NATO formally accused Russia on Tuesday of breaching the 1987 Intermediate-range Nuclear Forces (INF) Treaty, which rid Europe of land-based nuclear missiles, issuing a statement that supported U.S. accusations of Russian violations.
“Allies have concluded that Russia has developed and fielded a missile system, the 9M729, which violates the INF Treaty and poses significant risks to Euro-Atlantic security,” NATO foreign ministers said in a statement after a meeting.
“We strongly support the finding of the United States that Russia is in material breach of its obligations under the INF Treaty,” the statement said.
Reporting by Robin Emmott; editing by Philip Blenkinsop
‘That’s total nonsense’: Bill Kristol punches Santorum right between the eyes on Trump’s failing trade policy
CNN contributor Rick Santorum said he was personally offended on Sunday after conservative writer Bill Kristol attacked President Donald Trump's trade policy.
During a segment about Trump's trade war with China, Kristol noted that the president seems "demoralized" and "depressed."
"His economists have told him privately we're slowing down and we're at some risk of toppling into a recession," Kristol explained. "His political people have told him his numbers are going down not up."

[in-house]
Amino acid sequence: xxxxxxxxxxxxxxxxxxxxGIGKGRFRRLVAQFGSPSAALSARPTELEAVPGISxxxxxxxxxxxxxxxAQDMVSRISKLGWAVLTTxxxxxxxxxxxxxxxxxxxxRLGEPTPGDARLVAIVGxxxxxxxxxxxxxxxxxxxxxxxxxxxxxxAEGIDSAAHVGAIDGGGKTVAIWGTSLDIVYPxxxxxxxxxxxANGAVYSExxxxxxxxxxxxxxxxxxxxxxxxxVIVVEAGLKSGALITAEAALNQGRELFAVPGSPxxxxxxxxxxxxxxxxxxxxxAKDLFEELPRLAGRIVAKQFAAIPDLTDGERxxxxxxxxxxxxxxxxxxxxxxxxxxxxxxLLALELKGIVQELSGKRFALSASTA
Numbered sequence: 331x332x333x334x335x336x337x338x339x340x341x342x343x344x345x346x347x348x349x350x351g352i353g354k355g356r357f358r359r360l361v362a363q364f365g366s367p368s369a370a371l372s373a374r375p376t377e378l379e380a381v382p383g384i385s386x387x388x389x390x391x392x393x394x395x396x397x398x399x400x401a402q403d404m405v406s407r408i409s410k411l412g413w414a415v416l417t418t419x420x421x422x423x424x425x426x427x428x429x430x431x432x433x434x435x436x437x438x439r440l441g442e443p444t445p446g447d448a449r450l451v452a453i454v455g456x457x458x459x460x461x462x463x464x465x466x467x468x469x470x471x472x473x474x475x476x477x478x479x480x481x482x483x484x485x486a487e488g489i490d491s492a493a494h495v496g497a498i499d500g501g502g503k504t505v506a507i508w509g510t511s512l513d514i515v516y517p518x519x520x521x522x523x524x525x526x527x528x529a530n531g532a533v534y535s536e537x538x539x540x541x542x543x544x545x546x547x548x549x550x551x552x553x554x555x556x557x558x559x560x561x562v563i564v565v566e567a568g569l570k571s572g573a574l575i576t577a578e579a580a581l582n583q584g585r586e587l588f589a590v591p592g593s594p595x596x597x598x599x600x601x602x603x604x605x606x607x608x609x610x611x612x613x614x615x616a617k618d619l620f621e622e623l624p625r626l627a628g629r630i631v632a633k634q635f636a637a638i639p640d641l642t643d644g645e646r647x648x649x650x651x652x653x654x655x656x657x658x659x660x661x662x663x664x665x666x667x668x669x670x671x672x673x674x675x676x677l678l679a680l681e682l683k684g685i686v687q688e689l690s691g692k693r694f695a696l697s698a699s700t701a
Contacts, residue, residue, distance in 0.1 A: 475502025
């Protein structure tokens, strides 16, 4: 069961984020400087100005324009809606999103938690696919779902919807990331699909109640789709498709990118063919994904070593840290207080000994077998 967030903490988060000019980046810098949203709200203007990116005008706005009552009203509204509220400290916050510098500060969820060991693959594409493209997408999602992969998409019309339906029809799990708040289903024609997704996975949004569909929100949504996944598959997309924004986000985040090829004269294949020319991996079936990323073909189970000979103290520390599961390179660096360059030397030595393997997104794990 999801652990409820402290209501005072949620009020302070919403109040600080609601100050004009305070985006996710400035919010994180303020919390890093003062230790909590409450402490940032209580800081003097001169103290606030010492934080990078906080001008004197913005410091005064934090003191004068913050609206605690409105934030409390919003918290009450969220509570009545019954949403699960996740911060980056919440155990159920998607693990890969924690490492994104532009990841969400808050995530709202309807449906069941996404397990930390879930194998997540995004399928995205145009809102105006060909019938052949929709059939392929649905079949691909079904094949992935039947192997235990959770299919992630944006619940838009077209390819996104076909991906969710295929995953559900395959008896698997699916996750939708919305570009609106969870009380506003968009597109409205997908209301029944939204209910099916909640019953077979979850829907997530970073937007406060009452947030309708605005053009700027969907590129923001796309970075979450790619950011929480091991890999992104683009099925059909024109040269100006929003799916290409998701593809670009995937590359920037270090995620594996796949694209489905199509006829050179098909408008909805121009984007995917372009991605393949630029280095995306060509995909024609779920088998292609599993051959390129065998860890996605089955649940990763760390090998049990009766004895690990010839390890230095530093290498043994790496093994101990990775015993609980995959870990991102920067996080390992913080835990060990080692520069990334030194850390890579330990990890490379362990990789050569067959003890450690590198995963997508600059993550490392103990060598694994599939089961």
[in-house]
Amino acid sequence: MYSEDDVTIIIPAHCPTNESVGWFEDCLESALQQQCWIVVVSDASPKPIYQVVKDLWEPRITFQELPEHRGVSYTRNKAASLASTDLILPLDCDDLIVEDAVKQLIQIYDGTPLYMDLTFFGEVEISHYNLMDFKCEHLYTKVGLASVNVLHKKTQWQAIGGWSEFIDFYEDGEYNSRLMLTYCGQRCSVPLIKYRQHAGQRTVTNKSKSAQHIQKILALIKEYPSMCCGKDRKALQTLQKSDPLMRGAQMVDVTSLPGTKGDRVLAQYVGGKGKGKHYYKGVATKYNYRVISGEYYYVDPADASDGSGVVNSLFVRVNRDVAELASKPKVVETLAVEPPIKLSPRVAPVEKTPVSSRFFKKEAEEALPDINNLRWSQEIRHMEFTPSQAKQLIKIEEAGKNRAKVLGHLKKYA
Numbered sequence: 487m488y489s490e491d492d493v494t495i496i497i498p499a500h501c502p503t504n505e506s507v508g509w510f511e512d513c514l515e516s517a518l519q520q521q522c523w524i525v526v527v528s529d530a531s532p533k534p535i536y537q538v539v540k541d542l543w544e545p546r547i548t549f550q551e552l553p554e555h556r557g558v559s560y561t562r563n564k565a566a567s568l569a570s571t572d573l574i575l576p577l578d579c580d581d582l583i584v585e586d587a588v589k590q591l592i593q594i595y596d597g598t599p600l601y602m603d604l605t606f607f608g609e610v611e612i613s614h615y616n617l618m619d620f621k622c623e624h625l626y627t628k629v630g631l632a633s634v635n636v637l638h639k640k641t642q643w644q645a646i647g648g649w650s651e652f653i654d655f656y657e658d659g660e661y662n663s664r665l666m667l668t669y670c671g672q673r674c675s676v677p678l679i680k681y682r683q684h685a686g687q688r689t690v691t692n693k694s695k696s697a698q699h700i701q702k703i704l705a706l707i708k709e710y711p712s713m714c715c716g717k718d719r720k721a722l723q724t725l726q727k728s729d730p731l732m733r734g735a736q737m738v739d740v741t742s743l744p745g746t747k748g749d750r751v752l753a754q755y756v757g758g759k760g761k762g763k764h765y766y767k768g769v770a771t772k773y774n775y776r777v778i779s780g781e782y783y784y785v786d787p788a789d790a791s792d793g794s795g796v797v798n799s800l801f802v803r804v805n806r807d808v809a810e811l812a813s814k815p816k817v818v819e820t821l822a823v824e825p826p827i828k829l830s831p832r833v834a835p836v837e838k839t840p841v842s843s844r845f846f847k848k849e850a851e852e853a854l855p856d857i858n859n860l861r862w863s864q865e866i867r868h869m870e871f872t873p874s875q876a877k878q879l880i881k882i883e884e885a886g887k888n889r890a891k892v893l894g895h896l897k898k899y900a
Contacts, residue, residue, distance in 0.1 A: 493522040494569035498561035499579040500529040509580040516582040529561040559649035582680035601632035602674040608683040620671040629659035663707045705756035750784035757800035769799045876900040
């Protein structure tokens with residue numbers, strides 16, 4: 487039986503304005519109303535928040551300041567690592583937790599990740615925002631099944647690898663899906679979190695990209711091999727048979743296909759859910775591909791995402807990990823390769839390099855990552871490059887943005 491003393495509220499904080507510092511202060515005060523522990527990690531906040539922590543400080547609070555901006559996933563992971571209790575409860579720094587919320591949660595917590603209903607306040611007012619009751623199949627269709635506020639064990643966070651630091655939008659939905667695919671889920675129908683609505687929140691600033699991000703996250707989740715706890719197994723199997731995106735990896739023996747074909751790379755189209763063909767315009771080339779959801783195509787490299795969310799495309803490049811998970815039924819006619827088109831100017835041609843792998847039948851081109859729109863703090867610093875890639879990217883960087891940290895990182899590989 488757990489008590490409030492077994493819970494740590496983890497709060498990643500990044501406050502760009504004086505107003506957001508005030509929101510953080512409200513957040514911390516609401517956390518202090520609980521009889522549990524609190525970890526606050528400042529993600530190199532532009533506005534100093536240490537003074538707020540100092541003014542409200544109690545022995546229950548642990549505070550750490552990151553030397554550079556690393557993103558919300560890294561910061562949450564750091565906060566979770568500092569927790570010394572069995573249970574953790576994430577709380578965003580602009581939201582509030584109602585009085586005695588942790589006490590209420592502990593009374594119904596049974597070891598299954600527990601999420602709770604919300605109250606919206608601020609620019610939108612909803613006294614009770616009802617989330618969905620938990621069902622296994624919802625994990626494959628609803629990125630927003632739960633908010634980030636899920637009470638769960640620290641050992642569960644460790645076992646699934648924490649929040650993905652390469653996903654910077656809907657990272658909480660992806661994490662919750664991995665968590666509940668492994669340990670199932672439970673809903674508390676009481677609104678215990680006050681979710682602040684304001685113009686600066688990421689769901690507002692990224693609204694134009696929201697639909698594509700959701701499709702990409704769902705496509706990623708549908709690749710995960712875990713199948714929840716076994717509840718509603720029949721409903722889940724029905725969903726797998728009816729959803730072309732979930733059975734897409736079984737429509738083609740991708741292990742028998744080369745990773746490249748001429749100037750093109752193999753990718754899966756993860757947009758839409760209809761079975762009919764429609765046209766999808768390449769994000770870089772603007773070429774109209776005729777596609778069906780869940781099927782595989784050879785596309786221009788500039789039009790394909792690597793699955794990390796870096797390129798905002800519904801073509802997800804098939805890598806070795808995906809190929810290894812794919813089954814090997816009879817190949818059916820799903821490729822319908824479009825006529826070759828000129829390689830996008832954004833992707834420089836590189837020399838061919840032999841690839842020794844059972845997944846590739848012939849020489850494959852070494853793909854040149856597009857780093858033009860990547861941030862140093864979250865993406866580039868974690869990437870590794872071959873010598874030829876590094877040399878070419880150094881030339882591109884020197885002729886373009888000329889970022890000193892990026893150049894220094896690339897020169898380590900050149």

The conservative writer pointed to Trump's racist attacks on black lawmakers as one mistake he has made.
WATCH: Larry Kudlow wilts under barrage of questions about Trump’s conflicting trade war comments
Larry Kudlow, who appeared to have been drinking before his FOX News appearance last Sunday, probably wished he was drinking this Sunday after his stammering performance on CNN where he faced a barrage of questions from "State of the Union" fill-in host Brianna Keilar.
Speaking from France where he is attending the G7 conference with Donald Trump, Kudlow was put on the spot over the president's comments where he seemed to express regret over launching a trade war with China.
Mnuchin begs Chris Wallace: Take the president ‘very literally’ except on being ‘the chosen one’
Treasury Secretary Steve Mnuchin insisted on Sunday that Americans should take President Donald Trump's hyperbolic comments "very literally" -- but he allowed for some exceptions.
During an interview on FOX News Sunday, host Chris Wallace noted that Trump had recently "ordered" companies not to do business with China.
"When the president says something, how seriously, how literally should we take it?" Wallace asked.
"I think most of the time, you should take it very literally," Mnuchin insisted. "I think sometimes he says things that are meant to be a joke."